275 Million Android Devices Threatened By Stagefright Malware

Stagefright is back, and now it may prove to be a legitimate threat thanks to a group of researchers who found a way to reliably exploit it on pertinent Android devices.



Stagefright is back, and now it may prove to be a legitimate threat thanks to a group of researchers who found a way to reliably exploit it on pertinent Android devices. (Photo : Google Commons)

It’s back. Stagefright malware are two words that have plagued Android users for quite some time now, and every time it pops up, Google releases a patch to put it in its place. Everyone thought it gone after Google’s most recent fix, but like a bad cold, it just won’t go away.

The unfortunate news comes via a team of security researchers at Israeli firm NorthBit, who have developed a a proof-of-concept Stagefright exploit dubbed Metaphor, which proves that the Stagefright security flaw is still alive and kicking.

As mentioned before, the security flaw has been around for some time now. The key, however, is that while it is theoretically dangerous, due to the difficulty of implementing it on an Android device in a reliable way, it was never really risky in practice. Was.

Working on Android versions 2.2 through 4.0 and 5.0 and 5.1, as well as extending to customized Android variants found on phones like the HTC One, LG G3 and Samsung Galaxy S5, the researchers found that the exploit works by utilizing the back-and-forth procedure that gauges a device’s defenses. If a user visits a website with a mlaciously designed MPEG-4 video, the attack will crash Android’s media server, send hardware data back to the attacker, send another video file, collect additional security data and deliver one last video file that actually infects the device.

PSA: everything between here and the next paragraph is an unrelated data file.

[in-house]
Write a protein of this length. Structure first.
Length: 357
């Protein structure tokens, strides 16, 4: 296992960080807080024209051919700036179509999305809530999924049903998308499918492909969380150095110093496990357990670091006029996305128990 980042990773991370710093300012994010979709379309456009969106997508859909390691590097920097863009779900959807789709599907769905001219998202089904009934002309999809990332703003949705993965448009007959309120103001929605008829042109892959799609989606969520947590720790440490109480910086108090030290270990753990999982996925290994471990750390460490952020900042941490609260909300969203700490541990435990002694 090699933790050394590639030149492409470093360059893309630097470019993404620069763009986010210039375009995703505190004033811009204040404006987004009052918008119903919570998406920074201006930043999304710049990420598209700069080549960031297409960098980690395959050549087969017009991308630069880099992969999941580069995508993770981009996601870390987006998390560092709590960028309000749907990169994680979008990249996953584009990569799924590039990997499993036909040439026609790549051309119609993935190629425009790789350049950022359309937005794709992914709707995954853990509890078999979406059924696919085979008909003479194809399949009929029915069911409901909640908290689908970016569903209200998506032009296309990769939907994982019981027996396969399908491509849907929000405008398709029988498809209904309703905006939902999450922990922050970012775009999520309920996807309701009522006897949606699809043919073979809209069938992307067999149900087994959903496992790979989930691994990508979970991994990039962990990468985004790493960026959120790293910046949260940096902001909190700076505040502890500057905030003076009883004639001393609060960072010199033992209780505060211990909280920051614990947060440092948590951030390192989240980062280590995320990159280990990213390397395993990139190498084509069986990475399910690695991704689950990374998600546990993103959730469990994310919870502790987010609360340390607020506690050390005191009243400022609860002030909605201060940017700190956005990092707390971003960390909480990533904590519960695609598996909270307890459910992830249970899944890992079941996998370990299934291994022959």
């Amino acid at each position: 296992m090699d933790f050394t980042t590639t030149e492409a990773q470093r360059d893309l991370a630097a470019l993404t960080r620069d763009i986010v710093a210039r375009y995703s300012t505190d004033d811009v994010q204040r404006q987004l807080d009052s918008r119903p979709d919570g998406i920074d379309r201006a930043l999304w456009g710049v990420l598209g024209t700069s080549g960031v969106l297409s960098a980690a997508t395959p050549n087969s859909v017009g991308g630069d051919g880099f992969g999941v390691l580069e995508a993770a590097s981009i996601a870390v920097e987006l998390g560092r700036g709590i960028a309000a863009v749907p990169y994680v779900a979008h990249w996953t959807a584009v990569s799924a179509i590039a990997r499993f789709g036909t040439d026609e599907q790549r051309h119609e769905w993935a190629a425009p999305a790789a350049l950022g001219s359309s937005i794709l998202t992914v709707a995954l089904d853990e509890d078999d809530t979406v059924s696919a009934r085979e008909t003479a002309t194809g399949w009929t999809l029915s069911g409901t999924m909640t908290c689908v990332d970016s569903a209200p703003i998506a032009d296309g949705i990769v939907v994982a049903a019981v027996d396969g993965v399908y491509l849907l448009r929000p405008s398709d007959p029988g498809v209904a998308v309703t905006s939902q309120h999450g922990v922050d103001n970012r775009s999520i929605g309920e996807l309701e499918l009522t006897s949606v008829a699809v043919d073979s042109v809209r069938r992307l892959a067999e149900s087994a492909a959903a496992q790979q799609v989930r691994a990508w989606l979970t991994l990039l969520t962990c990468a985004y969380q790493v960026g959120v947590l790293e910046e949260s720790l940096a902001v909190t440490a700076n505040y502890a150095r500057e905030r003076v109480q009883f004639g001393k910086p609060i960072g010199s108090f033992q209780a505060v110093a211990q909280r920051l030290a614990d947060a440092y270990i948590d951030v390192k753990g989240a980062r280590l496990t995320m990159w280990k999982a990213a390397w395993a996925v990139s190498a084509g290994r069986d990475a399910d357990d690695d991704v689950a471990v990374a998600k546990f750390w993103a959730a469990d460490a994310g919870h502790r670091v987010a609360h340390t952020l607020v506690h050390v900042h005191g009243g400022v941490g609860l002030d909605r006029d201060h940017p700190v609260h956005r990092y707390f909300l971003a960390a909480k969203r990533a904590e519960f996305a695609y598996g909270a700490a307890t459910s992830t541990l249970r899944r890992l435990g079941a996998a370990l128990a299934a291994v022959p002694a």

The process seems tedious, but the time it takes to work is faster than the time it takes to explain the process – clocking in at about 20 seconds on average.

However, researchers have discovered two weaknesses with the exploit. The first is that it requires a different code for each type of mobile handset, making  a universal exploit infeasible. The second is if you’re running Android 6.0 Marshmallow or any other up-to-date OS version that’s patched against Stagefright, then you’re already protected.

Google confirmed as much in an emailed statement, saying, “Android devices with a security patch level of October 1, 2015 or greater are protected because of a fix we released for this issue (CVE-2015-3864) last year. As always, we appreciate the security community’s research efforts as they help further secure the Android ecosystem for everyone.”

The only caveat is that an Android user has to have Marshmallow or another up-to-date OS. Either way, if your device is relatively recent, then you’re safe. On the other hand, if your phone is a somewhat outdated then you might be in a bit of trouble.

The proof-of-concept was documented by NorthBit here.

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